Sunday, 4 October 2015

The Reluctant Fundamentalist by Mohsin Hamid – Book Review

Publisher’s write-up:

‘At a Lahore café, a bearded man converses with an American stranger. He recounts his unusual tale: of how he once embraced the Western dream – and a Western woman – and how both betrayed him. And as dusk deepens to dark, the significance of this seemingly chance meeting becomes abundantly clear…’

Lately, I’ve wanted to read some good Pakistani writing (the previous being The Death of Sheherzad) since most of modern Indian writing seems to be of the same genre (editing ancient works and presenting the same in a different way). So, I stumbled upon this book while randomly browsing in a bookstore and I found the synopsis to be quite interesting and also, till I saw the cover of this book, I had no idea that there was a film based on this. Anyway, this is the background as to how I picked up this book and I’d come to the review without any further digression.

The story features Changez, a young Pakistani graduate from Princeton, who is narrating his experiences in US to an American stranger at a café in Lahore. The protagonist is from a well off family in Pakistan and gets into a well-paying job in a Wall Street firm. He falls in love with one of his college mates, Erica, and is also considered a high performer in his job. It looked like nothing could go wrong in his American dream and looked well set to assimilate into the American society, but just then, 9/11 happens, his lover goes mentally unstable over her dead ex-boyfriend and Changez is in full dilemma – he is part of the same society that is likely to invade his home any time.

The best part about this book, in my opinion was the narration; it felt as though Changez was talking to me, the reader. It is literally narrated in the perspective that someone is actively talking to you and not like how they show in movies, where somebody starts an old story and it comes back to reality only when the story is over. Moreover, the protagonist’s dilemma was brought out very well, by the author where at one end, he is fully defending the American actions as to how the flaw of an innocent being persecuted can happen in any country and at the other end, he is unable to let go off the fact that people at home are worried that they could be invaded anytime. Moreover, I felt the balance was really good, between his professional life, personal life and also how the events unfolded after 9/11 and the 2001 Indian Parliament attack leading to the eventual stand-off between the two countries. Also, if you’re imaginative enough and you have an eye for finding imagery, you can find a lot in this like how the relationship between Erica and Changez could be seen like the shaky relationship between US and Pakistan, where, US does love Pakistan, for various reasons, but has its own expectations and won’t budge till it is satisfied (similar to how she expected him to be like her ex). There are several others apart from these in this novel and I don’t wish to spoil them in my review.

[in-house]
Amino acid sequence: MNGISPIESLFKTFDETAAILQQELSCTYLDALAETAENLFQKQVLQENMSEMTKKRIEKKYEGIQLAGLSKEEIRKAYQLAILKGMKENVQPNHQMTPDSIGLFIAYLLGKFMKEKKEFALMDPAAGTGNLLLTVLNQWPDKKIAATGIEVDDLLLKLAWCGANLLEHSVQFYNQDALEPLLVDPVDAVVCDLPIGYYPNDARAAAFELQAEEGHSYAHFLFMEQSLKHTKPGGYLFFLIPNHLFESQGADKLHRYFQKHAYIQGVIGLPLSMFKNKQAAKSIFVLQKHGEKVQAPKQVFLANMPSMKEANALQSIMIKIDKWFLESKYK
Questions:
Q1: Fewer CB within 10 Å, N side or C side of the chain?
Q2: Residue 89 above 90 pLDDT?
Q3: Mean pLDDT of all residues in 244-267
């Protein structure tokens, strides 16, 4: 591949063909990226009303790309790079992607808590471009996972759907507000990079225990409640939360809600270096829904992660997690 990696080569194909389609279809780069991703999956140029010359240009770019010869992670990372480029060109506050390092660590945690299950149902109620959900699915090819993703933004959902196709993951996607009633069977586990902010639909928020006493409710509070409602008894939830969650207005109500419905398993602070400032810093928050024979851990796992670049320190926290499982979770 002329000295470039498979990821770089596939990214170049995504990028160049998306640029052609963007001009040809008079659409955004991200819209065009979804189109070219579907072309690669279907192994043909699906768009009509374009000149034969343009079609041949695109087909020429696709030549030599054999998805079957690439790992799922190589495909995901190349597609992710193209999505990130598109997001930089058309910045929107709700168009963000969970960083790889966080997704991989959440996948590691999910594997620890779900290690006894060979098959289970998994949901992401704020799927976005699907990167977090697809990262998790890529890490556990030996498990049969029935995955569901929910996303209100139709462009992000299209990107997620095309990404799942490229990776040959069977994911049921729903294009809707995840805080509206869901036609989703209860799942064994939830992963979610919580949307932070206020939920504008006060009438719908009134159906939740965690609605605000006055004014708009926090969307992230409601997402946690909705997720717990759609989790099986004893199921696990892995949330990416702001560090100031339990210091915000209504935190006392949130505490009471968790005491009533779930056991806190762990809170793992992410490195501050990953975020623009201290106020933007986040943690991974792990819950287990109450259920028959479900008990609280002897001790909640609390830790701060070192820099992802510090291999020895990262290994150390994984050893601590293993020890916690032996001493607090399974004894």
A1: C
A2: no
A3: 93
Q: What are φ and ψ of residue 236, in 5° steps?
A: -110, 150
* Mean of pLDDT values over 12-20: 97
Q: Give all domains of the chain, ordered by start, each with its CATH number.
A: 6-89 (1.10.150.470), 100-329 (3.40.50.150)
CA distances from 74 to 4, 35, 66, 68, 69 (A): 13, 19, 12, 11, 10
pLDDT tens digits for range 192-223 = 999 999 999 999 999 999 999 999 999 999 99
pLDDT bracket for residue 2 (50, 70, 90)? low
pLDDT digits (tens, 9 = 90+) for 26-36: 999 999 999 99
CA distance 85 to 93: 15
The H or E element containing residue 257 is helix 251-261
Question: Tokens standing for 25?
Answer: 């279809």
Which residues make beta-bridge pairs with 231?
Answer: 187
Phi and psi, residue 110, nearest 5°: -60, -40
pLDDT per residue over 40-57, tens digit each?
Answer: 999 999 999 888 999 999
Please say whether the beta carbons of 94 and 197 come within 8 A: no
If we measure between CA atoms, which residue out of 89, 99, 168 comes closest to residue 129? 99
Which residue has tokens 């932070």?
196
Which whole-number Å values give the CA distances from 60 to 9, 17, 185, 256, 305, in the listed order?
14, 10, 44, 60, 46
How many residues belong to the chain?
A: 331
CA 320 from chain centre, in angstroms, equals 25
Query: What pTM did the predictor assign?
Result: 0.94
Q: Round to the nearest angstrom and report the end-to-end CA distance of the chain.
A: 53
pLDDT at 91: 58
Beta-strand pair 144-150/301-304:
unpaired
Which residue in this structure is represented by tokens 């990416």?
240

However, my problem with this book is, there were two things that attracted me into buying this book, the first being the title and the second being the synopsis. Yes, I agree that he was reluctant and was caught in a dilemma but he was anything but a fundamentalist. In fact, he was highly secular and had actually fit into the American society perfectly and nobody would’ve noticed the difference if not for the colour of his skin and his name. When I first read 'The Reluctant Fundamentalist', I expected someone with the personality of Maajid Nawaz but then, as aforementioned, Changez was altogether different. Moreover, the number of times the word ‘Muslim’ or ‘Islam’ is mentioned in the book I believe is countable with your ten fingers and thereby, the cover page with the crescent, yet again is very highly misleading. The second part is, that it talked about the betrayal by both, the West and the Western Woman whereas, if at all there was anything, he betrayed himself, owing to his dilemma and he already knew what he was getting into, when he got into the relationship, that despite the death of her boyfriend, she still loves him and eventually plunges into depression because of that – she never left him owing to some selfish pursuits. I agree that the latter is something the author could hardly be blamed for, giving the benefit of doubt that it is from the publisher, but the title, the author certainly is responsible.

I liked the way the author ended the novel leaving it open ended and the reader can imagine it in anyway it suits them and yeah, Changez was a really lovable character so, I naturally assumed an ending suiting how I saw the characters in the novel but you, as a reader, can end it in any way you want to. Moreover, for someone from the larger side of the Radcliffe line, it would be interesting to notice how there is little difference between the two sides, how someone who goes abroad from either sides behave the same way, how both sides feel threatened at home by the other side and of course, the fact that the only difference between the two sides is in fact, just the Radcliffe line.

While I would have really liked to give this book a better rating, I would have to say that the title deceived me too much and I’d stop with saying that it was a good story and give a standard rating of six.

Rating – 6/10

Have a nice day,

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